Q. On this website, it says that kelp is very high in sodium. But it also says that 10 grams (2 tablespoons) of fresh kelp has just 23 mg of sodium, or 1% or your daily needs. These two statements seem to contradict each other. Which is correct?
A. Sea vegetables tend to be higher in sodium than land vegetables–after all, they grow in sea water! Nonetheless, fresh kelp is not high in sodium. Dried seaweed will obviously be a more concentrated source of sodium. In fact, dried kelp granules are often sold as salt substitute.
Powdered kelp adds a salty, savory flavor to dishes but has just a fraction of the sodium of regular table salt. Plus, kelp is rich in other nutrients, including iodine. For more about the nutritional profile and health benefits of different types of seaweed, see my podcast “Is Seaweed Good For You?”
Why Does Nutrition Data Say Kelp is High In Sodium?
As for the contradictory information you found on NutritionData.com: As it happens, I’m fairly familiar with this site. I spent four years as Chief Nutritionist for Nutrition Data and although I’m no longer associated with them, it seems I am destined to remain the Chief Explainer for the site!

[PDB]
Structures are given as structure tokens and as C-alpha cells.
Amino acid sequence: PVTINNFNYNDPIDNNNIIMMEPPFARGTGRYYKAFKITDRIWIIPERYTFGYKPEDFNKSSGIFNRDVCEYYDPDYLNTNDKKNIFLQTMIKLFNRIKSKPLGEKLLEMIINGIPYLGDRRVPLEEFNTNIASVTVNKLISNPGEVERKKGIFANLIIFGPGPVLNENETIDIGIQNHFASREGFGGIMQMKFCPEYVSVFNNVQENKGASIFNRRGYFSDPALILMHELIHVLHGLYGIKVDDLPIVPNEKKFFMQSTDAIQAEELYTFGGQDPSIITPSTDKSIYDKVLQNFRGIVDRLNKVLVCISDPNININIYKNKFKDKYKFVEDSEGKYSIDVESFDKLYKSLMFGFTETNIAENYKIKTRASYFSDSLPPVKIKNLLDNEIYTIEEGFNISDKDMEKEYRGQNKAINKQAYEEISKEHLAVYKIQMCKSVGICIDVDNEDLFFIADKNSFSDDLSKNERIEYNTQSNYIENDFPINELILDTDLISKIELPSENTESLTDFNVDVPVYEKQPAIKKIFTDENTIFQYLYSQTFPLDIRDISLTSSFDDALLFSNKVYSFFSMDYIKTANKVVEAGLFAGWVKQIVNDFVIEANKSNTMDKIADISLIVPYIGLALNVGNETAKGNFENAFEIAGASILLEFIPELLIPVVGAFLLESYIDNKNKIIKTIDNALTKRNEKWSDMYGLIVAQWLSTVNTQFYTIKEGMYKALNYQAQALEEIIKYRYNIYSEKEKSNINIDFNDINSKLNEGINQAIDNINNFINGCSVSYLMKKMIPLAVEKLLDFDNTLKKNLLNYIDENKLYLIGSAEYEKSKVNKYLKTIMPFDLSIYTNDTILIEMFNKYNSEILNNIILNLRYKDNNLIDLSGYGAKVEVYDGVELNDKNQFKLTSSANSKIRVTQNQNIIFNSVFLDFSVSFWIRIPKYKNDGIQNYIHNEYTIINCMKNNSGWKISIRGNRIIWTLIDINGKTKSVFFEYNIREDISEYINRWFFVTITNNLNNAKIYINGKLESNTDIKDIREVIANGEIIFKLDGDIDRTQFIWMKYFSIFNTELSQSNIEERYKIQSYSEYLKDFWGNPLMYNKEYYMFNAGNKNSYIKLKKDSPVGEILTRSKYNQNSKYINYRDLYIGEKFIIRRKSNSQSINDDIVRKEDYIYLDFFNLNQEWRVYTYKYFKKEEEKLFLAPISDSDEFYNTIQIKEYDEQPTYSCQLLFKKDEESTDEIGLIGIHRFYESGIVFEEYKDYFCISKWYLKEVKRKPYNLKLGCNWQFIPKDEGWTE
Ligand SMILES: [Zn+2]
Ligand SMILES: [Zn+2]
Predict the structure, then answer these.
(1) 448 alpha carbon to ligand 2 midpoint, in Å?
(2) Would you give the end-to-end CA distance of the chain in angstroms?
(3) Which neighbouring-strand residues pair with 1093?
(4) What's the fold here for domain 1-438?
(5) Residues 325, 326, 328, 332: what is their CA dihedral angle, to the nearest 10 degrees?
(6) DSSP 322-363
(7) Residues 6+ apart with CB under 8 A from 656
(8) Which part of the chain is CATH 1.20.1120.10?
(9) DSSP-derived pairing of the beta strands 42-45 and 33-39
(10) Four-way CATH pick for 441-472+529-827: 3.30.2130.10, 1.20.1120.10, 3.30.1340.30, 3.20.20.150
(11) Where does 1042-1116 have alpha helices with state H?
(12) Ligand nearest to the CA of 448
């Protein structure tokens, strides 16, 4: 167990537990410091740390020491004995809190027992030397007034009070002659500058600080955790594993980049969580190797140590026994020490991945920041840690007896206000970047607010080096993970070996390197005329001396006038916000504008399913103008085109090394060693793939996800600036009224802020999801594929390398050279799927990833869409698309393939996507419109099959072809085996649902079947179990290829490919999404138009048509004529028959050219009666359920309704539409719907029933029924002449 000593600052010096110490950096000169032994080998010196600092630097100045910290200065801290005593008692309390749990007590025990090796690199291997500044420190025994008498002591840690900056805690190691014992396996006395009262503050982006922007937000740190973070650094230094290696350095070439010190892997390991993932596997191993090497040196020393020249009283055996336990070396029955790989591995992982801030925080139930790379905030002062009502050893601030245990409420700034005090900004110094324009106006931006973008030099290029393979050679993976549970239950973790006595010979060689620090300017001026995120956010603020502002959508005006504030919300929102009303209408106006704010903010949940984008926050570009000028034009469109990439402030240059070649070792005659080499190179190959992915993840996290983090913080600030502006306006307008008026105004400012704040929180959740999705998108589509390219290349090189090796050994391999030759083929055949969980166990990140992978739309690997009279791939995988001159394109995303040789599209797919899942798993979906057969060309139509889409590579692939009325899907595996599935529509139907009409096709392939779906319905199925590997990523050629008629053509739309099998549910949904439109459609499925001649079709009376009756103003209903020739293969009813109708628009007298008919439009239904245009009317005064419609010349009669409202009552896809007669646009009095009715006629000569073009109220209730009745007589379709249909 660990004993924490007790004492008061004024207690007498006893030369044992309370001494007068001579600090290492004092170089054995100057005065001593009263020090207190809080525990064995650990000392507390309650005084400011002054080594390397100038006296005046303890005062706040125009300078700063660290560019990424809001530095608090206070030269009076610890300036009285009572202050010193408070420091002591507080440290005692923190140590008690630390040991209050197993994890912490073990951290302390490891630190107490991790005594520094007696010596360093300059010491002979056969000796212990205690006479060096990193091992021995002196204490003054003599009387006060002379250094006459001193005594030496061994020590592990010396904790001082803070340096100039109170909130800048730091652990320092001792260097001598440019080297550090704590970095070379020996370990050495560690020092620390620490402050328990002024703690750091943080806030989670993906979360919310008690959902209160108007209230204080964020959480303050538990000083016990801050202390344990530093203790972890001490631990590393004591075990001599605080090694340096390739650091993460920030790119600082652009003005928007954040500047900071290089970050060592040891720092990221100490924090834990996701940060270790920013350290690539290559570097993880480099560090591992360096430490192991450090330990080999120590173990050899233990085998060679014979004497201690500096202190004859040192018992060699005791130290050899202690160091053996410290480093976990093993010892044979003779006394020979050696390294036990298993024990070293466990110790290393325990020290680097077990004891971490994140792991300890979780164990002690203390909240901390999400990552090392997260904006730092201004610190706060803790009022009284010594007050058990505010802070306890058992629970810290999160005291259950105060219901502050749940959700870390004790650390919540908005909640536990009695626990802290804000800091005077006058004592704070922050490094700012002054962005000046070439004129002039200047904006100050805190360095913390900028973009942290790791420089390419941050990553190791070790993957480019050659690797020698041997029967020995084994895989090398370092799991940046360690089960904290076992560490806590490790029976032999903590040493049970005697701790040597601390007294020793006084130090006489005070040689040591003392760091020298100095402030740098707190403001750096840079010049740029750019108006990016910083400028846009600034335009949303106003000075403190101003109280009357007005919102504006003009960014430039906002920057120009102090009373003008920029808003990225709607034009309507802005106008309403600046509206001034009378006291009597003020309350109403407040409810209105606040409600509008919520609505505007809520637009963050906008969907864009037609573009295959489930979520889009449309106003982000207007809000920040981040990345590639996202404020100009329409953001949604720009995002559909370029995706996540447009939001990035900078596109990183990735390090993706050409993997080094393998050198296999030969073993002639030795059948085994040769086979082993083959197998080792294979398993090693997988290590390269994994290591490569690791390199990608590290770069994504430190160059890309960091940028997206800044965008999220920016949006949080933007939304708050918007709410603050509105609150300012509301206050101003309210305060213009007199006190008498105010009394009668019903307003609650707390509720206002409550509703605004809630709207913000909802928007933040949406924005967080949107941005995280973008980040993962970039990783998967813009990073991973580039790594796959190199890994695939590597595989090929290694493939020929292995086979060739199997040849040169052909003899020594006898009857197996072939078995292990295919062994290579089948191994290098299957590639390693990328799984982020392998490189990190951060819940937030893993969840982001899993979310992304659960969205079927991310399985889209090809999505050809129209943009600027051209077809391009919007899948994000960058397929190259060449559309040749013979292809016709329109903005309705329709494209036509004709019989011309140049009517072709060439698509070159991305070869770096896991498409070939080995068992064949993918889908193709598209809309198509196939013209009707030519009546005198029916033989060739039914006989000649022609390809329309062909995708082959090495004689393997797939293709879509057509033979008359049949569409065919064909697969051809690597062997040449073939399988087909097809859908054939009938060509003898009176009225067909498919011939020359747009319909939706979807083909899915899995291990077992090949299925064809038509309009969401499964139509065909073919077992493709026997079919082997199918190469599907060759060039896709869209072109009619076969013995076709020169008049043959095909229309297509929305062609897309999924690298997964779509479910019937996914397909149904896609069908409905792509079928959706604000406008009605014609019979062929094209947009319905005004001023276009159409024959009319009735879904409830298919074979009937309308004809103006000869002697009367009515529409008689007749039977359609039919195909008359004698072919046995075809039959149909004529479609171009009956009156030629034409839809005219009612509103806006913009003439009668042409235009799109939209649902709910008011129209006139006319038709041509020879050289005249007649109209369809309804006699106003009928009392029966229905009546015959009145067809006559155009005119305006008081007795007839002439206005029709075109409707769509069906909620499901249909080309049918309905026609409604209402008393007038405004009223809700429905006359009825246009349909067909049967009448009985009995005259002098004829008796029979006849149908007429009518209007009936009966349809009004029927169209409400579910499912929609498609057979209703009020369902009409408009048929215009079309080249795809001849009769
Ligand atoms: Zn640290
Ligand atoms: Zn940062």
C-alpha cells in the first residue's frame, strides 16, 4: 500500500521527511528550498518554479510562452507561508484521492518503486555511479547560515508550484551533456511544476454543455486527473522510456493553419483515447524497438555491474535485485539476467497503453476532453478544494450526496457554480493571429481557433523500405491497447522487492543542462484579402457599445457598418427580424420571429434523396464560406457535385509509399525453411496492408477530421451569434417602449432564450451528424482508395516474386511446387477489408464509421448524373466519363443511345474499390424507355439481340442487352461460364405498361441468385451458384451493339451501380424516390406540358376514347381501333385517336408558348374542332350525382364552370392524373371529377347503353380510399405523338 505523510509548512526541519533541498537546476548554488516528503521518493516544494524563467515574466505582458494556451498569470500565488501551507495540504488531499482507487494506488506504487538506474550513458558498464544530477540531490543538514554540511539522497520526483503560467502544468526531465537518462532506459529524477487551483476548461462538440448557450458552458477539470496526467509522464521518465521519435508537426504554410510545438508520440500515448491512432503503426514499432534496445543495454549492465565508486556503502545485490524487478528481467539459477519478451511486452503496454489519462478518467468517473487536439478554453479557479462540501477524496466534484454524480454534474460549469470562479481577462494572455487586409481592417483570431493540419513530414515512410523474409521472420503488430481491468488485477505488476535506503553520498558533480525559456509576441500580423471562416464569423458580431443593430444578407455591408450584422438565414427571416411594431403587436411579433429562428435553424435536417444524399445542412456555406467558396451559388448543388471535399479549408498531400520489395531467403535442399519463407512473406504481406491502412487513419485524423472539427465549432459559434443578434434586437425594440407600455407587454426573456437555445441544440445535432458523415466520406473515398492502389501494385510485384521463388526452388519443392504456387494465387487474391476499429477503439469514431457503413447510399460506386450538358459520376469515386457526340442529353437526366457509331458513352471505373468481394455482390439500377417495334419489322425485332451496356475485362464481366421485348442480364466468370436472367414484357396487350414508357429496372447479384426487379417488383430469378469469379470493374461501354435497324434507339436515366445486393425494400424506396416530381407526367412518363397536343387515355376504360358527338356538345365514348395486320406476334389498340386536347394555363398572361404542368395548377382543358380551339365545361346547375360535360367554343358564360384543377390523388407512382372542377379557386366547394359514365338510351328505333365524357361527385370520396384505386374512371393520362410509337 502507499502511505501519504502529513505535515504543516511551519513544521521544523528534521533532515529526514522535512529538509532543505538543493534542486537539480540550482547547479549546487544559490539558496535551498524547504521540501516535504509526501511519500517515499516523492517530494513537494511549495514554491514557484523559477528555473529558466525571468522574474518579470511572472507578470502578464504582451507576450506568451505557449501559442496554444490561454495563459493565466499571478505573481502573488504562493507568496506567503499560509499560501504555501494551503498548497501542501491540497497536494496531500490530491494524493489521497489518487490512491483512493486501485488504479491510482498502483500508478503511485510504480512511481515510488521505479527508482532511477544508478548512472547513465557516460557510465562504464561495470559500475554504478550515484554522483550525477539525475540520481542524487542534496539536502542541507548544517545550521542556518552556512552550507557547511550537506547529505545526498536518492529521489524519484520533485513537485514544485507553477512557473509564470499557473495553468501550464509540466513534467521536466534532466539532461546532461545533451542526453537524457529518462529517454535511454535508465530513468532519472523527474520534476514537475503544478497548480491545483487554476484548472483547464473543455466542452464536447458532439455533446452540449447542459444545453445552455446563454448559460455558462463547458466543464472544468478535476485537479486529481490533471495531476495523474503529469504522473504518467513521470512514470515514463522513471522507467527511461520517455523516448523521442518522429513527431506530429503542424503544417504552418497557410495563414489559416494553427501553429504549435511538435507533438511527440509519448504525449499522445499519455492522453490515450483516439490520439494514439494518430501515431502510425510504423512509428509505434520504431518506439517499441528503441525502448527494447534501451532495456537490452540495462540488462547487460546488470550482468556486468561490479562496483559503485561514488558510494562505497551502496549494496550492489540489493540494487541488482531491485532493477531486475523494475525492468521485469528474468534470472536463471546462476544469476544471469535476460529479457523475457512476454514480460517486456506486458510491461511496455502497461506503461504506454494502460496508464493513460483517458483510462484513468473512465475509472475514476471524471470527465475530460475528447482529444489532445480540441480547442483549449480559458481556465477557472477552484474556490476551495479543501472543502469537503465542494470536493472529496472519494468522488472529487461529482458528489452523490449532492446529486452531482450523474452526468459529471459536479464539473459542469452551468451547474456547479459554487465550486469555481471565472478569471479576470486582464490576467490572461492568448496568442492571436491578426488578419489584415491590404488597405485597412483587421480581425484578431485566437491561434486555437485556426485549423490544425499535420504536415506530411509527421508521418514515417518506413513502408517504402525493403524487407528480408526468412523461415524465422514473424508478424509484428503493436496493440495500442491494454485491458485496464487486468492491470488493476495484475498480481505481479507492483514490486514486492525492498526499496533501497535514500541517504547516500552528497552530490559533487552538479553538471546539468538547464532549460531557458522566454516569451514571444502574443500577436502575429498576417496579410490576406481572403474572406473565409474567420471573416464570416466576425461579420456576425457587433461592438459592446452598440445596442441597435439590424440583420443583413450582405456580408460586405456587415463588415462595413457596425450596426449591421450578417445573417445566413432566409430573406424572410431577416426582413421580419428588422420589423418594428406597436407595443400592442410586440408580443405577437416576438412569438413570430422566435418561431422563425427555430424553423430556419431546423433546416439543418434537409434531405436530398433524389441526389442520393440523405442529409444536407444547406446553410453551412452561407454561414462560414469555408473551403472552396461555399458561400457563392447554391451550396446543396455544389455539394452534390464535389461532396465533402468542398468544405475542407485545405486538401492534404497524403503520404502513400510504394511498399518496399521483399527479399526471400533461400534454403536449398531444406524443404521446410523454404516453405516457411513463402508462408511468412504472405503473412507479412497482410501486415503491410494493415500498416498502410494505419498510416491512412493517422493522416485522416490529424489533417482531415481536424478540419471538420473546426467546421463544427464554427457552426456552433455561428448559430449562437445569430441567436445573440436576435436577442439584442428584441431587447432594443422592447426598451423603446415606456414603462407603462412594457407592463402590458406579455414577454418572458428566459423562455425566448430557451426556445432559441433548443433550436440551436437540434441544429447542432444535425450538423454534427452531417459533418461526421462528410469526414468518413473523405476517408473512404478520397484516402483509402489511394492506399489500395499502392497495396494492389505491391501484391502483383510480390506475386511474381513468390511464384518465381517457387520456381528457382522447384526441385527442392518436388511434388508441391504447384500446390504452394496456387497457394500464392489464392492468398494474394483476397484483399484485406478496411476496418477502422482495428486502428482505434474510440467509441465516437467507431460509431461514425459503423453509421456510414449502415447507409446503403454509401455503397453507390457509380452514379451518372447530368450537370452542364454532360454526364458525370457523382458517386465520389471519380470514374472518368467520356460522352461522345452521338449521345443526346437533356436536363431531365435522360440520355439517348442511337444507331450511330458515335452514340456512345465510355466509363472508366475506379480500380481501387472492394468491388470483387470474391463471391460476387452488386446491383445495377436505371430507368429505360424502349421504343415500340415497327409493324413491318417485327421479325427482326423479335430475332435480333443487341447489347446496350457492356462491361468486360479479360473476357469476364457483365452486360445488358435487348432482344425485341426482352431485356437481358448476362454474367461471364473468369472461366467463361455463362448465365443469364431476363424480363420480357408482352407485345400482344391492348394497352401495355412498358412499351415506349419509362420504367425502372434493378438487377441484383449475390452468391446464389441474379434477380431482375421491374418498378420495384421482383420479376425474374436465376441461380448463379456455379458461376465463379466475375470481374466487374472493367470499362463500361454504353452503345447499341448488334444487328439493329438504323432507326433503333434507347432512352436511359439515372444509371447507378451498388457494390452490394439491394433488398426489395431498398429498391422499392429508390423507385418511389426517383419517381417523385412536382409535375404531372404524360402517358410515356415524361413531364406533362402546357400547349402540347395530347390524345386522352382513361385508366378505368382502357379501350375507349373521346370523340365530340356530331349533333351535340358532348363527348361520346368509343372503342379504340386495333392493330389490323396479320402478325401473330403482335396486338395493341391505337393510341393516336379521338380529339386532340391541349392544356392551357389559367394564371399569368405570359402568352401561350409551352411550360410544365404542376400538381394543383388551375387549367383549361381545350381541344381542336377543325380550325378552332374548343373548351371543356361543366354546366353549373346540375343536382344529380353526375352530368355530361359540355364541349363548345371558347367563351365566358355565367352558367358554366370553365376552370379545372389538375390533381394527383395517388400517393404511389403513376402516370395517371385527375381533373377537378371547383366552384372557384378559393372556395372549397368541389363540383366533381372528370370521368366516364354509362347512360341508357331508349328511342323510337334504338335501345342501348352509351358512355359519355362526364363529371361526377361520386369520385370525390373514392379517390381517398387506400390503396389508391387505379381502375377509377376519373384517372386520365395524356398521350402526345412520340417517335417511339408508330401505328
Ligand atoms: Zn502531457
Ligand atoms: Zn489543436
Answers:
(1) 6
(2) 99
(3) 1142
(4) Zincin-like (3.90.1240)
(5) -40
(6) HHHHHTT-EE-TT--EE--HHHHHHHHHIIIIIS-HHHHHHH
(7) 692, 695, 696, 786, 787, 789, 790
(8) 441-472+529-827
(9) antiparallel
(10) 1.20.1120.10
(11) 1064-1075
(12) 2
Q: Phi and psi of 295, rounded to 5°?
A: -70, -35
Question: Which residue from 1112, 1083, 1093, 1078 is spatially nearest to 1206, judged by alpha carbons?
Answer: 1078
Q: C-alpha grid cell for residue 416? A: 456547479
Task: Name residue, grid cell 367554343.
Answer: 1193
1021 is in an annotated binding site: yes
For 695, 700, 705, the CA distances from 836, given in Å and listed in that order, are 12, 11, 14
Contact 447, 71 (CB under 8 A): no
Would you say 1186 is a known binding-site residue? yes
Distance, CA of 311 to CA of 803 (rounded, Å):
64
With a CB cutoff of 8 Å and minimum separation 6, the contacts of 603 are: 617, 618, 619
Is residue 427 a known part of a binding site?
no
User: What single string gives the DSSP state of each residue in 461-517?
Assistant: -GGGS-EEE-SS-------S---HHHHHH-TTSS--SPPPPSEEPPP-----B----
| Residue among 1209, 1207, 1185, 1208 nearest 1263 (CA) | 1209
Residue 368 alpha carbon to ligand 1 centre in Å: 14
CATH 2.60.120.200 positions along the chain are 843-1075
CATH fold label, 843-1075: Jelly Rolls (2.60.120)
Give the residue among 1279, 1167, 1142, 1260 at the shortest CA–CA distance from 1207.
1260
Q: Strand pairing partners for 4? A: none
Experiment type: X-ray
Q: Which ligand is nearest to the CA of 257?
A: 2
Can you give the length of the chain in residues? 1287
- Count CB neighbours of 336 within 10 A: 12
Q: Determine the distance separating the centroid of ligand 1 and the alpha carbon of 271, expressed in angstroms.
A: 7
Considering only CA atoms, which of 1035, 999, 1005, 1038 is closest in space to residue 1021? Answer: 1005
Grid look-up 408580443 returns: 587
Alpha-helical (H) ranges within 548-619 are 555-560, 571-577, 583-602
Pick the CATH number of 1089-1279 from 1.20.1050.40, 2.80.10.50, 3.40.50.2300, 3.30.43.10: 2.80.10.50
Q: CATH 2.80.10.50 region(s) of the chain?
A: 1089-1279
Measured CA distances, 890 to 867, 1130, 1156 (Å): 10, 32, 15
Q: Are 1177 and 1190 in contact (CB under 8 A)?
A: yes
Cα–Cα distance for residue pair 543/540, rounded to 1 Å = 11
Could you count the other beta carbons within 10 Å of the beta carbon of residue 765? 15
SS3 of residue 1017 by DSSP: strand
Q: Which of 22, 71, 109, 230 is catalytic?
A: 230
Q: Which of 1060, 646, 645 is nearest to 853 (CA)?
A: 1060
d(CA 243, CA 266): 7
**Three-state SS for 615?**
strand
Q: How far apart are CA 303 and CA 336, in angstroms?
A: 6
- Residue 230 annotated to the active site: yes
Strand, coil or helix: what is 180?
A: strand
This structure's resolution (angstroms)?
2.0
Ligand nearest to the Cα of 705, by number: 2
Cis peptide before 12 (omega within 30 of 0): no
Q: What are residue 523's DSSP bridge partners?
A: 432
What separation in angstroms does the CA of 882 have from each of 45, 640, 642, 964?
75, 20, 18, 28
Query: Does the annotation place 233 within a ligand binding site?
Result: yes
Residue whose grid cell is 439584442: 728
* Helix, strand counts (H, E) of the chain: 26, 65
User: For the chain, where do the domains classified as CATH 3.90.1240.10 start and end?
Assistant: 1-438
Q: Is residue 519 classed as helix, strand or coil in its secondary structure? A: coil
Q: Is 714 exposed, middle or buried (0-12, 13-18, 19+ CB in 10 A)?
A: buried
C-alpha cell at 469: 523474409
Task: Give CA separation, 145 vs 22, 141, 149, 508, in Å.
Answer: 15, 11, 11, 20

In any case, you’ve stumbled across a little weakness in the way the site reports nutrition info. The statement “This food is very high in sodium” is automatically generated for any food that contains more than 20% of the daily allowance for sodium in a 200-calorie serving. That’s all well and good for foods like potato chips or pasta, where 200 calories represents a reasonable portion. But in order to get 200 calories’ worth of kelp, you’d have to eat an entire pound of the stuff–which I doubt you’d ever do. Nonetheless, 200 calories’ worth of kelp contains about 1000 mg of sodium, or almost half the daily allowance, so it triggers the Nutrition Data “high sodium” warning.
Bottom line: Computer programs are powerful, but they sometimes lack common sense!